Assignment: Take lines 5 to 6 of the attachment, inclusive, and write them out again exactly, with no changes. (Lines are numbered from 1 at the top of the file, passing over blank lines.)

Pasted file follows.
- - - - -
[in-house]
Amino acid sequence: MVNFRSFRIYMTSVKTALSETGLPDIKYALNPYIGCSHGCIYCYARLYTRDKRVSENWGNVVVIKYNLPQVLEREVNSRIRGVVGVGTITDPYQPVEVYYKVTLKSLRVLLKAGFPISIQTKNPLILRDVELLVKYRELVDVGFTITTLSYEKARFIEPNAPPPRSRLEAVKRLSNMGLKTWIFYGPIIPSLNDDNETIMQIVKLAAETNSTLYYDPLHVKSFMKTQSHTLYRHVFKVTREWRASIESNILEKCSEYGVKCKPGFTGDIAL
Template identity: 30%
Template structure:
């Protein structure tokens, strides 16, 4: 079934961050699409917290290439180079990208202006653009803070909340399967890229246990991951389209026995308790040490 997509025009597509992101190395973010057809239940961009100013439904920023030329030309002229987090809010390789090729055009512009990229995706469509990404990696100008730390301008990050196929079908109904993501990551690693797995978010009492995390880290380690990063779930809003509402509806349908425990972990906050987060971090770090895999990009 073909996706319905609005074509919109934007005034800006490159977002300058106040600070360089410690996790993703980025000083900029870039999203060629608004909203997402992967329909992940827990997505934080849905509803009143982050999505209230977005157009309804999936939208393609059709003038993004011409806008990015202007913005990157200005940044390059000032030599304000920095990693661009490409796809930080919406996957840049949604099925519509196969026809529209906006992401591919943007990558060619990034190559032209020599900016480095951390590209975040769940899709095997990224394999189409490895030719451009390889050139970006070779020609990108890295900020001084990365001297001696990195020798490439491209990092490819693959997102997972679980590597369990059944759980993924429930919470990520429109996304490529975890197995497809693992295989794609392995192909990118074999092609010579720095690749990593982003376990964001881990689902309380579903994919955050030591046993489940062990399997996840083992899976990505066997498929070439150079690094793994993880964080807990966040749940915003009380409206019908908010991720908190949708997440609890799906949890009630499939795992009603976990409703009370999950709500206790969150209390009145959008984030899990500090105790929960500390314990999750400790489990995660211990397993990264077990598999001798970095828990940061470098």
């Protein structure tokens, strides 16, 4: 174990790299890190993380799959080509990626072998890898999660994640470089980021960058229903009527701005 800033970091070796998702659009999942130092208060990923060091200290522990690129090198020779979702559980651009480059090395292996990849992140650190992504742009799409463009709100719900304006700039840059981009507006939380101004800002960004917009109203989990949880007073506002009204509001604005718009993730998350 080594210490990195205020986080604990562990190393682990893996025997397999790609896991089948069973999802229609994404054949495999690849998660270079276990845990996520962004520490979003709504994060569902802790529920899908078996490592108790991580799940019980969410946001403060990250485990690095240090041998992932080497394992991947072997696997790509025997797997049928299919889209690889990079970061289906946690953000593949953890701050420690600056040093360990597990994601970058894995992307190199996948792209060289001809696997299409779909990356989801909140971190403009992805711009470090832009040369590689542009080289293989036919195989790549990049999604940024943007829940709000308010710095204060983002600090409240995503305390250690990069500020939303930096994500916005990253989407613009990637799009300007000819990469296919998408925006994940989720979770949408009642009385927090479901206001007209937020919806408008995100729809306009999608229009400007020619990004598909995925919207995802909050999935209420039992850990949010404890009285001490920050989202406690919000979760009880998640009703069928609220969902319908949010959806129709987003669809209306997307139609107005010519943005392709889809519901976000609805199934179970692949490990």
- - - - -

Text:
């Protein structure tokens, strides 16, 4: 079934961050699409917290290439180079990208202006653009803070909340399967890229246990991951389209026995308790040490 997509025009597509992101190395973010057809239940961009100013439904920023030329030309002229987090809010390789090729055009512009990229995706469509990404990696100008730390301008990050196929079908109904993501990551690693797995978010009492995390880290380690990063779930809003509402509806349908425990972990906050987060971090770090895999990009 073909996706319905609005074509919109934007005034800006490159977002300058106040600070360089410690996790993703980025000083900029870039999203060629608004909203997402992967329909992940827990997505934080849905509803009143982050999505209230977005157009309804999936939208393609059709003038993004011409806008990015202007913005990157200005940044390059000032030599304000920095990693661009490409796809930080919406996957840049949604099925519509196969026809529209906006992401591919943007990558060619990034190559032209020599900016480095951390590209975040769940899709095997990224394999189409490895030719451009390889050139970006070779020609990108890295900020001084990365001297001696990195020798490439491209990092490819693959997102997972679980590597369990059944759980993924429930919470990520429109996304490529975890197995497809693992295989794609392995192909990118074999092609010579720095690749990593982003376990964001881990689902309380579903994919955050030591046993489940062990399997996840083992899976990505066997498929070439150079690094793994993880964080807990966040749940915003009380409206019908908010991720908190949708997440609890799906949890009630499939795992009603976990409703009370999950709500206790969150209390009145959008984030899990500090105790929960500390314990999750400790489990995660211990397993990264077990598999001798970095828990940061470098």
């Protein structure tokens, strides 16, 4: 174990790299890190993380799959080509990626072998890898999660994640470089980021960058229903009527701005 800033970091070796998702659009999942130092208060990923060091200290522990690129090198020779979702559980651009480059090395292996990849992140650190992504742009799409463009709100719900304006700039840059981009507006939380101004800002960004917009109203989990949880007073506002009204509001604005718009993730998350 080594210490990195205020986080604990562990190393682990893996025997397999790609896991089948069973999802229609994404054949495999690849998660270079276990845990996520962004520490979003709504994060569902802790529920899908078996490592108790991580799940019980969410946001403060990250485990690095240090041998992932080497394992991947072997696997790509025997797997049928299919889209690889990079970061289906946690953000593949953890701050420690600056040093360990597990994601970058894995992307190199996948792209060289001809696997299409779909990356989801909140971190403009992805711009470090832009040369590689542009080289293989036919195989790549990049999604940024943007829940709000308010710095204060983002600090409240995503305390250690990069500020939303930096994500916005990253989407613009990637799009300007000819990469296919998408925006994940989720979770949408009642009385927090479901206001007209937020919806408008995100729809306009999608229009400007020619990004598909995925919207995802909050999935209420039992850990949010404890009285001490920050989202406690919000979760009880998640009703069928609220969902319908949010959806129709987003669809209306997307139609107005010519943005392709889809519901976000609805199934179970692949490990």